"All the Places to Go
How Will You Know?
God has placed before you
an open door.
What will you do?" (Ortberg, 2015)
Does this passage sound almost familiar? It will for many fans of the beloved Dr. Seuss, well known children's writer. If you still not familiar with the reference, then no doubt, with one look at the cover of John Ortberg's new book, All the Places to Go: How Will you Know, its likeness to the Dr. Seuss book is unmistakable. Drawing on the popularity of Dr. Seuss', "Oh The Places You Will Go", often used to apply to one's life choices and career choices after graduation, Ortberg has applied the idea to one's spiritual calling in life. The title, as well as the book cover will be certain to draw in many readers- those dedicated to their faith, yet find themselves to be hesitant when faced with difficult life choices. Using examples of scripture- the author shows how God can use the weak, the timid and those who lack faith, to accomplish great purposes and goals in life. The empowering message is certain to give renewed purpose and life to even the most apathetic or timid readers. From the first chapter, the author illustrates the concept that you need not be strong or wise to have an important God directed purpose in life. Using the scripture from Revelation, written to the church in Philadelphia, the author explains that despite having "little strength", that God has placed an "open door that no one can shut". (Ortberg, 2015 p. 4) He continues on to say that something that might be interpreted as an insult- the reference to having "little strength" is actually an empowering example for all of us to illustrate that we are not expected to have extra special qualities to be have access to "open doors". Secondly, the author continues on to explain that God rarely presents an open door simply for us to remain in the safety net of our current status quo. Knowing our limitations, God still expects us to take a chance and to step out of our comfort zone.
Anyone who has ever read a Dr. Seuss book is familiar with his beloved and unique writing style, reminiscent of the schizophrenic alterations observed in the speech patterns of those diagnosed with schizophrenia. Ironically the pen name includes reference to a medical professional, when patient would have been more accurate (but that topic in of itself would take up it's own blog post). Seuss' books: The Cat in the Hat, Horton Hears a Who and Hop on Pop are filled with peculiar speech patterns: flight of ideas, neologisms (made up words), echolalia (word repetition), clang association (meaningless rhyme) and word salad. Anyone else who would dare to writing in his style would probably be asking for a psychiatric diagnosis. One may never know if indeed, this beloved and gifted children's write had schizophrenia. Ironically, Ortberg chooses the Dr. Seuss platform to deliver a spiritually significant message to a new generation of readers. In contrast to Dr. Seuss, Ortberg's writing is systematic and orderly. He presents the reader with a background of biblical heroes from varied imperfect backgrounds who had open doors to choose from. He uses these stories to illustrate how the reader may very well have their own open doors to choose; difficult, gut wrenching, soul searching, life choices. The author discusses personality traits and spiritual suggestions to empower the reader to become attuned to God's purposes and to follow after the open doors.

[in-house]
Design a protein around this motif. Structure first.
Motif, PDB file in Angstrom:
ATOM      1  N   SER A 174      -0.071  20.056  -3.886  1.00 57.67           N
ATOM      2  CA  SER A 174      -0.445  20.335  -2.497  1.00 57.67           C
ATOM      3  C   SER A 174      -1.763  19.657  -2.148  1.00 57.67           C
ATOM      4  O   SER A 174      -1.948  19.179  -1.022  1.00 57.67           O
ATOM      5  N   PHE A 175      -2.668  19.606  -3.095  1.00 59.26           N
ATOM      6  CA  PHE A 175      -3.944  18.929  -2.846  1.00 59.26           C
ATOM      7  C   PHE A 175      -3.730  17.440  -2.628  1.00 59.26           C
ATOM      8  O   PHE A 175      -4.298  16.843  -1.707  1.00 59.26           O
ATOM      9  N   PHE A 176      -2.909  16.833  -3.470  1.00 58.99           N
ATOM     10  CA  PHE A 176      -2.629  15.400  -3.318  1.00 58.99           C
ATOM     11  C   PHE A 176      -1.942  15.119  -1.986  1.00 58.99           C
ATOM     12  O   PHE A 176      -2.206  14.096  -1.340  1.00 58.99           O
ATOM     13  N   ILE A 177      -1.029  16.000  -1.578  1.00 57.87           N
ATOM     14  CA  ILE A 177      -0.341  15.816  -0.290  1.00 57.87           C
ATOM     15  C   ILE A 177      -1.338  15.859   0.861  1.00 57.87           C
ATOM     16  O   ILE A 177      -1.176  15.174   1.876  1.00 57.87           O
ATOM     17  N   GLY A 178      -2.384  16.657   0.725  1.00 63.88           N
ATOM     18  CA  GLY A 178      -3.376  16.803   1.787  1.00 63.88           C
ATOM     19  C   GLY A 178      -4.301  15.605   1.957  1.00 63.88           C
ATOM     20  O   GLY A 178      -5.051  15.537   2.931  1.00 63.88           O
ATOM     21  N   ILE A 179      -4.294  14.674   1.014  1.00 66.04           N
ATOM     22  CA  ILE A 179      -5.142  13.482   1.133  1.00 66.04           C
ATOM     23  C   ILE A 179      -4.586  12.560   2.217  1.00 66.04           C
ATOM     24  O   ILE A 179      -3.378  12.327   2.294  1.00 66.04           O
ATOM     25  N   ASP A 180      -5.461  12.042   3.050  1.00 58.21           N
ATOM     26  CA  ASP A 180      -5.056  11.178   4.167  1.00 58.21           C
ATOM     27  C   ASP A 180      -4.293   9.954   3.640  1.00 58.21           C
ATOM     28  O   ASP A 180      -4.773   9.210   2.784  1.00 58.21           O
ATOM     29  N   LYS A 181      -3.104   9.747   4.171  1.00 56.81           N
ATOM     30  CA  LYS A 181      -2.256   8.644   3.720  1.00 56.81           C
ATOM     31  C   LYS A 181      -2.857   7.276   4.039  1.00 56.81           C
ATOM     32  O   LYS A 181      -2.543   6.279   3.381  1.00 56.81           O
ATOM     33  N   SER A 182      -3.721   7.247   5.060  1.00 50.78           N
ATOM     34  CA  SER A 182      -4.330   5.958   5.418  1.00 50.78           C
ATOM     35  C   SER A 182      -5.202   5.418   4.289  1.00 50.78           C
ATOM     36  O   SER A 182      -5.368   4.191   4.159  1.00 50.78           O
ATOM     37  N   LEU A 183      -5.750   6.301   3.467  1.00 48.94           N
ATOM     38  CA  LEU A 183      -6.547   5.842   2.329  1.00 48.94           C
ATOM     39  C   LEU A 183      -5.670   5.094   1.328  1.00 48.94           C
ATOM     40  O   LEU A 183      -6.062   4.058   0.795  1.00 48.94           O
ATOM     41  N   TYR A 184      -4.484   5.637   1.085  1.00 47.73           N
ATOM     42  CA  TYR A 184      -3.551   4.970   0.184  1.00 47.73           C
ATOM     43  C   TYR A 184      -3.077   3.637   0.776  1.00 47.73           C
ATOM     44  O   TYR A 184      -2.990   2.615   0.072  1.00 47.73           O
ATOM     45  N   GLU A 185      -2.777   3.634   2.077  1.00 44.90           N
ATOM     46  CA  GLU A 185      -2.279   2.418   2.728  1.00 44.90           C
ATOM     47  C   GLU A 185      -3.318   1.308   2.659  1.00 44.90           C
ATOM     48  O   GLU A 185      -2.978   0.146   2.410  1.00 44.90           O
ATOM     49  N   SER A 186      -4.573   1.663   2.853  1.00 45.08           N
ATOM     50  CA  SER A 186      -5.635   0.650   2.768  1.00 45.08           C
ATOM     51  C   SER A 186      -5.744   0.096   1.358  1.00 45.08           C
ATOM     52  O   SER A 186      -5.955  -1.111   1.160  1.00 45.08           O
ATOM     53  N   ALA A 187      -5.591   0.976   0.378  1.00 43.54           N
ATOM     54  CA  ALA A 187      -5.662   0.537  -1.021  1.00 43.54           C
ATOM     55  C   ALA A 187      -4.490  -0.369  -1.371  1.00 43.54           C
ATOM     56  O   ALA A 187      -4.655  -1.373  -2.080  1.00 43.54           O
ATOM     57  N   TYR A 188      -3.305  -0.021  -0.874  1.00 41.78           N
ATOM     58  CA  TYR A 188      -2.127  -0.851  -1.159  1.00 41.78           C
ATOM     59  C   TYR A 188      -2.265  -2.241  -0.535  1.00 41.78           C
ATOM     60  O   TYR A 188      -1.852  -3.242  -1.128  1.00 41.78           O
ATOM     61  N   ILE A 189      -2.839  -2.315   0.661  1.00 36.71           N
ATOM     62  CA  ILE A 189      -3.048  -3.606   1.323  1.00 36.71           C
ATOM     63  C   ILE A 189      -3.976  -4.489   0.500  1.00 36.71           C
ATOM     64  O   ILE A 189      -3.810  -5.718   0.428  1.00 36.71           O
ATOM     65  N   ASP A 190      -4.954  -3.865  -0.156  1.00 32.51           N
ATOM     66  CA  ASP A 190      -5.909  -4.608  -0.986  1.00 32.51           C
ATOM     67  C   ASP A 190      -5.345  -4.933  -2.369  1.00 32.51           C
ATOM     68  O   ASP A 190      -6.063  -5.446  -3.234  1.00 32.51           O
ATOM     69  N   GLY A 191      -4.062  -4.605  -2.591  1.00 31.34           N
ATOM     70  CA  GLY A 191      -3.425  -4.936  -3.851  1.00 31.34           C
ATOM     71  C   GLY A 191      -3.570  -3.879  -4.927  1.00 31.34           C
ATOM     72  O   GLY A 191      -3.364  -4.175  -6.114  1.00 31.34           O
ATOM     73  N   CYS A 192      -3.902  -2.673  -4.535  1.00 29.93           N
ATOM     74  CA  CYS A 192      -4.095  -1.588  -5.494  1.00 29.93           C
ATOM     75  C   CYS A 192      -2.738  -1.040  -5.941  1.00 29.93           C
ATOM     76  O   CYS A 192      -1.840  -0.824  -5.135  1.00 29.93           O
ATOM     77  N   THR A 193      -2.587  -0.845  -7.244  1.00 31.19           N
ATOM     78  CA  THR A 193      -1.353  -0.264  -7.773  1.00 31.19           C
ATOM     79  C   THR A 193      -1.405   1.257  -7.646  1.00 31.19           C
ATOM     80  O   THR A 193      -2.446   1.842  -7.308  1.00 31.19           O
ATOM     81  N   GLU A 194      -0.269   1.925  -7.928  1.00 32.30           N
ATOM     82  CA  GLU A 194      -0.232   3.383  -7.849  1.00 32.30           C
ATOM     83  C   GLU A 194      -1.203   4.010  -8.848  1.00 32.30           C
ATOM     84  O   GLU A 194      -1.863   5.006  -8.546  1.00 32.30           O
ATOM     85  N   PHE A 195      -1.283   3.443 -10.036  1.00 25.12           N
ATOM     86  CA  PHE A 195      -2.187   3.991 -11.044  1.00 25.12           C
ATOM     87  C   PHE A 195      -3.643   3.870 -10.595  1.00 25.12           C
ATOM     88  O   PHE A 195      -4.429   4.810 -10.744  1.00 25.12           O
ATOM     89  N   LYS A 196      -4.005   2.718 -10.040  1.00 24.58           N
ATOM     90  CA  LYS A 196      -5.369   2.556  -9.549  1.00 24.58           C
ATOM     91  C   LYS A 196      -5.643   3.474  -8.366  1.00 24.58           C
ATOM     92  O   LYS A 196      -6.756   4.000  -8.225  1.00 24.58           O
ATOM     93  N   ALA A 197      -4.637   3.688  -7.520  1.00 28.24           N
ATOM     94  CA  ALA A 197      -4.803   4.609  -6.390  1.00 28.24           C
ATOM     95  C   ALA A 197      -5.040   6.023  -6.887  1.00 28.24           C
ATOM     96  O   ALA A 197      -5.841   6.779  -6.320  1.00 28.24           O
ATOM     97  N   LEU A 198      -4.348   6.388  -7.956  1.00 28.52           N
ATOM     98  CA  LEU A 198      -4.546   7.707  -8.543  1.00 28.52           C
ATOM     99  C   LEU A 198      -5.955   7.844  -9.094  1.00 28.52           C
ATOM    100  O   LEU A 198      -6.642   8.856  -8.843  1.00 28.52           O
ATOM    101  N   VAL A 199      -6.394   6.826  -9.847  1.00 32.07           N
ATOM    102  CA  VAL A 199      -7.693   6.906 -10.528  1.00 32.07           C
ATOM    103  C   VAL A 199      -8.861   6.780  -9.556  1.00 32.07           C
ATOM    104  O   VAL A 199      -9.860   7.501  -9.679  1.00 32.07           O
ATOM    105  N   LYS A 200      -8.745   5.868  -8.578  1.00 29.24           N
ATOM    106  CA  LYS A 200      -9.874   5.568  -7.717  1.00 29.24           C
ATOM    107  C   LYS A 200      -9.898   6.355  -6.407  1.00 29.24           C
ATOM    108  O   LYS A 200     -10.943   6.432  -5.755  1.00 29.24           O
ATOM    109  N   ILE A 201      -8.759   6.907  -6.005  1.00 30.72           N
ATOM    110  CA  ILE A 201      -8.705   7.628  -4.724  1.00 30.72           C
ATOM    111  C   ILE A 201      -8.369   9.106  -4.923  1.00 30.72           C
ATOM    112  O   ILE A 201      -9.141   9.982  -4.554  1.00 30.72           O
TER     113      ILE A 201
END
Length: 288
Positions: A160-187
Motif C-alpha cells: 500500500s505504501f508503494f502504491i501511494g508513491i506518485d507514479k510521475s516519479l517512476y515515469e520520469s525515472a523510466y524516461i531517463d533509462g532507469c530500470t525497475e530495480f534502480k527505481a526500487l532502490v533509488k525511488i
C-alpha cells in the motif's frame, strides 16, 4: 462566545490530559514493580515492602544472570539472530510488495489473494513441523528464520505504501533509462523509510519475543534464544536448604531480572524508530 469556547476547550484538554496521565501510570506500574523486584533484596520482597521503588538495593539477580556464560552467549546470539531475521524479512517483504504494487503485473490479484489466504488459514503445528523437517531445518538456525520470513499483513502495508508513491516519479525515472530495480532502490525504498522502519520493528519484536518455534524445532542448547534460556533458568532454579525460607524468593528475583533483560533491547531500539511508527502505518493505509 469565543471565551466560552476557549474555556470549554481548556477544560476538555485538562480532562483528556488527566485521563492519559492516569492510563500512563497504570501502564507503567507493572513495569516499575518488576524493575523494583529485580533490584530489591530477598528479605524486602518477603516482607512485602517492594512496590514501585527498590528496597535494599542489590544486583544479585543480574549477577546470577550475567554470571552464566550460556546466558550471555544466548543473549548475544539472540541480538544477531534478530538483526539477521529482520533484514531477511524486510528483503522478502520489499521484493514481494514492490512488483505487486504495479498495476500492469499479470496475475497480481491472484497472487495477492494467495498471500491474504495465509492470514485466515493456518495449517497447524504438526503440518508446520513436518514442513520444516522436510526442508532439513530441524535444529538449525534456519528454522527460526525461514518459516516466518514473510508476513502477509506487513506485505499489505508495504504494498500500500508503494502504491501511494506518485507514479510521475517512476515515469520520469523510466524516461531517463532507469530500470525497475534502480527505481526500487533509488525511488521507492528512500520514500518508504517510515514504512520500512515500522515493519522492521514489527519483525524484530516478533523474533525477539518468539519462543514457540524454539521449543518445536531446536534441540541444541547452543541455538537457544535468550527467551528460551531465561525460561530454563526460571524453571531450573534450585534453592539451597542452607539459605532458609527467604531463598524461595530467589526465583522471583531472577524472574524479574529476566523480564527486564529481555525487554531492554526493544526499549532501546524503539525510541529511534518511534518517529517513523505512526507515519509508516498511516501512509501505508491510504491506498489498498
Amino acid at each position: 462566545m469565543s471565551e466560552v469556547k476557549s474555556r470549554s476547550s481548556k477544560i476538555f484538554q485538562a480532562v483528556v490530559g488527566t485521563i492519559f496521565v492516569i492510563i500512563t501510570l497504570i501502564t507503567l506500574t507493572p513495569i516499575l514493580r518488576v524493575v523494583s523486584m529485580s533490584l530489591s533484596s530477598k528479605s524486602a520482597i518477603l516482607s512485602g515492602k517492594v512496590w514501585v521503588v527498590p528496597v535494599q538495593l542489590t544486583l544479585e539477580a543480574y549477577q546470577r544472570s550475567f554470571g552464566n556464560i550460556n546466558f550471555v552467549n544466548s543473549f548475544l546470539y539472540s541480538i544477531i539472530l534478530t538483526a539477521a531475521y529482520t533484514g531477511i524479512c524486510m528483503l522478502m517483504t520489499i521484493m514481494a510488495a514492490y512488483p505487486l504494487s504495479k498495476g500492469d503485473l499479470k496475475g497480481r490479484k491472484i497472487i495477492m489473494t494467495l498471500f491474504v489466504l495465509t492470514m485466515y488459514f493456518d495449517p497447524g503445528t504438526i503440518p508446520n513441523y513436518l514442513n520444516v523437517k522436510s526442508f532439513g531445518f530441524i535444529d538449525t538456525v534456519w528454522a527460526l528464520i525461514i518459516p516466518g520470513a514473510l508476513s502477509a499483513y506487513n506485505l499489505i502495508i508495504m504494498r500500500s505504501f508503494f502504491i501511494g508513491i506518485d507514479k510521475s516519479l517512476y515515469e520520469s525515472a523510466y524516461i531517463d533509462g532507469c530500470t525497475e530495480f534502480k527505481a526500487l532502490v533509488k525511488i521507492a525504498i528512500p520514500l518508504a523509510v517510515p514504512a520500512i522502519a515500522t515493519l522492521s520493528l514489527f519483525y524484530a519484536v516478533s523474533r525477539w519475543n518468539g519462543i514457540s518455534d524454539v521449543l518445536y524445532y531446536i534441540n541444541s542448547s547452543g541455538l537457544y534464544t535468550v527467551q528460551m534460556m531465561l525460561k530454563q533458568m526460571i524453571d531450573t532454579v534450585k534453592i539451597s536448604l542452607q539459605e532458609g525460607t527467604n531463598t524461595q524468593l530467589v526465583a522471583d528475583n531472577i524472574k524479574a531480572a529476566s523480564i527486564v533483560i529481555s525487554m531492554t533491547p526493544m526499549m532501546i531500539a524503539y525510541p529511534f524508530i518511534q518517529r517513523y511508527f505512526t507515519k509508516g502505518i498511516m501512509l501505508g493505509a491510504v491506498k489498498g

This book is like a spiritual self help book, empowering any reader who find himself at the cross roads in life, faced with a difficult decision or possibly stagnant. This book is easy to read and easy to follow; and best of all motivating. I think this makes a good choice for any one young or old; it is for anyone who is looking for something greater out of life. It may give timid personalities that extra little push they need to pursue their dreams. As a blogger I received this book published by Tyndale for the purpose of writing this review.